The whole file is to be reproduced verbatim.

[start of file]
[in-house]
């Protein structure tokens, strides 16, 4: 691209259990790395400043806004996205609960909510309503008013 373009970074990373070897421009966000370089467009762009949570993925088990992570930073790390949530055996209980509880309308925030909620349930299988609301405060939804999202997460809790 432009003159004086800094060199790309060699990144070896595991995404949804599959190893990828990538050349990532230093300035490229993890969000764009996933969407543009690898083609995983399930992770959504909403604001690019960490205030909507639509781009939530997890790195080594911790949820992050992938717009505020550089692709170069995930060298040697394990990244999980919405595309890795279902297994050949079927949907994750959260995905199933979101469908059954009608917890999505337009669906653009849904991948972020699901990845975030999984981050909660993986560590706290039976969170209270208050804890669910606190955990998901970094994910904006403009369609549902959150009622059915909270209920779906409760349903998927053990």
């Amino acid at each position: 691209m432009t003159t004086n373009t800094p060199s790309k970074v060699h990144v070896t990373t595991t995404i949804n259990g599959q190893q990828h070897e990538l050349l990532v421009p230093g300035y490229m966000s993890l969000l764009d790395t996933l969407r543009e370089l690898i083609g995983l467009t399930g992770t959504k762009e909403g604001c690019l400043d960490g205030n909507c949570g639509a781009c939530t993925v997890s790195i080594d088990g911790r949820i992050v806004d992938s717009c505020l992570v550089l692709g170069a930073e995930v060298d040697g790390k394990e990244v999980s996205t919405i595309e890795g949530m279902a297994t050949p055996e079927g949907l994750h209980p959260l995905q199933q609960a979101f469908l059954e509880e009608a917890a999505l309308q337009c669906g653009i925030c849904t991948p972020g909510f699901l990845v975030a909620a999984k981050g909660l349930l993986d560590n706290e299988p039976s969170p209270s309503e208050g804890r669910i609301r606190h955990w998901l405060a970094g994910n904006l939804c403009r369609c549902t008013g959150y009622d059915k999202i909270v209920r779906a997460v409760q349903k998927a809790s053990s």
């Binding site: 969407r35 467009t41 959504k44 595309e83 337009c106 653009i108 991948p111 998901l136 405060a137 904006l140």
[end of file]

[in-house]
């Protein structure tokens, strides 16, 4: 691209259990790395400043806004996205609960909510309503008013 373009970074990373070897421009966000370089467009762009949570993925088990992570930073790390949530055996209980509880309308925030909620349930299988609301405060939804999202997460809790 432009003159004086800094060199790309060699990144070896595991995404949804599959190893990828990538050349990532230093300035490229993890969000764009996933969407543009690898083609995983399930992770959504909403604001690019960490205030909507639509781009939530997890790195080594911790949820992050992938717009505020550089692709170069995930060298040697394990990244999980919405595309890795279902297994050949079927949907994750959260995905199933979101469908059954009608917890999505337009669906653009849904991948972020699901990845975030999984981050909660993986560590706290039976969170209270208050804890669910606190955990998901970094994910904006403009369609549902959150009622059915909270209920779906409760349903998927053990």
């Amino acid at each position: 691209m432009t003159t004086n373009t800094p060199s790309k970074v060699h990144v070896t990373t595991t995404i949804n259990g599959q190893q990828h070897e990538l050349l990532v421009p230093g300035y490229m966000s993890l969000l764009d790395t996933l969407r543009e370089l690898i083609g995983l467009t399930g992770t959504k762009e909403g604001c690019l400043d960490g205030n909507c949570g639509a781009c939530t993925v997890s790195i080594d088990g911790r949820i992050v806004d992938s717009c505020l992570v550089l692709g170069a930073e995930v060298d040697g790390k394990e990244v999980s996205t919405i595309e890795g949530m279902a297994t050949p055996e079927g949907l994750h209980p959260l995905q199933q609960a979101f469908l059954e509880e009608a917890a999505l309308q337009c669906g653009i925030c849904t991948p972020g909510f699901l990845v975030a909620a999984k981050g909660l349930l993986d560590n706290e299988p039976s969170p209270s309503e208050g804890r669910i609301r606190h955990w998901l405060a970094g994910n904006l939804c403009r369609c549902t008013g959150y009622d059915k999202i909270v209920r779906a997460v409760q349903k998927a809790s053990s």
């Binding site: 969407r35 467009t41 959504k44 595309e83 337009c106 653009i108 991948p111 998901l136 405060a137 904006l140």